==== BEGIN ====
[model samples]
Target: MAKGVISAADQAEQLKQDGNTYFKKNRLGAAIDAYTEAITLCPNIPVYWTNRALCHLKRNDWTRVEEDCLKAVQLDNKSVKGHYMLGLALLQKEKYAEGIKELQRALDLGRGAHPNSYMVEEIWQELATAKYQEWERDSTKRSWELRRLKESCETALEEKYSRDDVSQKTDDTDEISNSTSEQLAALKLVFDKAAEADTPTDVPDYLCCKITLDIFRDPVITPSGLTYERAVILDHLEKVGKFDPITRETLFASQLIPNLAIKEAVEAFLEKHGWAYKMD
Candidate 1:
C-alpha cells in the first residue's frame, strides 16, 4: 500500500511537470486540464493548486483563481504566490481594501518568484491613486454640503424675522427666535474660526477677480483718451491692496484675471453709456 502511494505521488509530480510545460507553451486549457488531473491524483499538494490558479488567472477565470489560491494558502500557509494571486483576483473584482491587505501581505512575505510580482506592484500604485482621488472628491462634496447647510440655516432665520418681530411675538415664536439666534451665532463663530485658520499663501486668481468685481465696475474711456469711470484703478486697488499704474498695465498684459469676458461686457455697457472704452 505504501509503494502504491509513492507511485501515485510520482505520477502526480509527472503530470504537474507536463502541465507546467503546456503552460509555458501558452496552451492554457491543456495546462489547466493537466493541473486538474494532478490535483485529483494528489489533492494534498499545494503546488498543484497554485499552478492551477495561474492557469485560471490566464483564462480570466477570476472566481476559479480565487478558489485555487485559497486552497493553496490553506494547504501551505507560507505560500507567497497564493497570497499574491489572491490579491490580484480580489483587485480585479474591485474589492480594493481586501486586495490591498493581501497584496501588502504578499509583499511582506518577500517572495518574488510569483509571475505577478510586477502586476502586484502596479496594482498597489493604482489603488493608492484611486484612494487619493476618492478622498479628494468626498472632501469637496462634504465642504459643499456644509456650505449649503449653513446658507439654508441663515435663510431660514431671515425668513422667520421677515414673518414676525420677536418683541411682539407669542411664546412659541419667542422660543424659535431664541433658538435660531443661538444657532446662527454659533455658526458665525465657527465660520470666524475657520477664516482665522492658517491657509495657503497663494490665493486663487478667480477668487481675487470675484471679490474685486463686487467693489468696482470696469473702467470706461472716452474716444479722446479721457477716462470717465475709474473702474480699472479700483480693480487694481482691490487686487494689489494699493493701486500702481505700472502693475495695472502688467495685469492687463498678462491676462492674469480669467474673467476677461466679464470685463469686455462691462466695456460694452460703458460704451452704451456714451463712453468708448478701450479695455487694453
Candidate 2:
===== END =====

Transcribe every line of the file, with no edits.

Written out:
[model samples]
Target: MAKGVISAADQAEQLKQDGNTYFKKNRLGAAIDAYTEAITLCPNIPVYWTNRALCHLKRNDWTRVEEDCLKAVQLDNKSVKGHYMLGLALLQKEKYAEGIKELQRALDLGRGAHPNSYMVEEIWQELATAKYQEWERDSTKRSWELRRLKESCETALEEKYSRDDVSQKTDDTDEISNSTSEQLAALKLVFDKAAEADTPTDVPDYLCCKITLDIFRDPVITPSGLTYERAVILDHLEKVGKFDPITRETLFASQLIPNLAIKEAVEAFLEKHGWAYKMD
Candidate 1:
C-alpha cells in the first residue's frame, strides 16, 4: 500500500511537470486540464493548486483563481504566490481594501518568484491613486454640503424675522427666535474660526477677480483718451491692496484675471453709456 502511494505521488509530480510545460507553451486549457488531473491524483499538494490558479488567472477565470489560491494558502500557509494571486483576483473584482491587505501581505512575505510580482506592484500604485482621488472628491462634496447647510440655516432665520418681530411675538415664536439666534451665532463663530485658520499663501486668481468685481465696475474711456469711470484703478486697488499704474498695465498684459469676458461686457455697457472704452 505504501509503494502504491509513492507511485501515485510520482505520477502526480509527472503530470504537474507536463502541465507546467503546456503552460509555458501558452496552451492554457491543456495546462489547466493537466493541473486538474494532478490535483485529483494528489489533492494534498499545494503546488498543484497554485499552478492551477495561474492557469485560471490566464483564462480570466477570476472566481476559479480565487478558489485555487485559497486552497493553496490553506494547504501551505507560507505560500507567497497564493497570497499574491489572491490579491490580484480580489483587485480585479474591485474589492480594493481586501486586495490591498493581501497584496501588502504578499509583499511582506518577500517572495518574488510569483509571475505577478510586477502586476502586484502596479496594482498597489493604482489603488493608492484611486484612494487619493476618492478622498479628494468626498472632501469637496462634504465642504459643499456644509456650505449649503449653513446658507439654508441663515435663510431660514431671515425668513422667520421677515414673518414676525420677536418683541411682539407669542411664546412659541419667542422660543424659535431664541433658538435660531443661538444657532446662527454659533455658526458665525465657527465660520470666524475657520477664516482665522492658517491657509495657503497663494490665493486663487478667480477668487481675487470675484471679490474685486463686487467693489468696482470696469473702467470706461472716452474716444479722446479721457477716462470717465475709474473702474480699472479700483480693480487694481482691490487686487494689489494699493493701486500702481505700472502693475495695472502688467495685469492687463498678462491676462492674469480669467474673467476677461466679464470685463469686455462691462466695456460694452460703458460704451452704451456714451463712453468708448478701450479695455487694453
Candidate 2: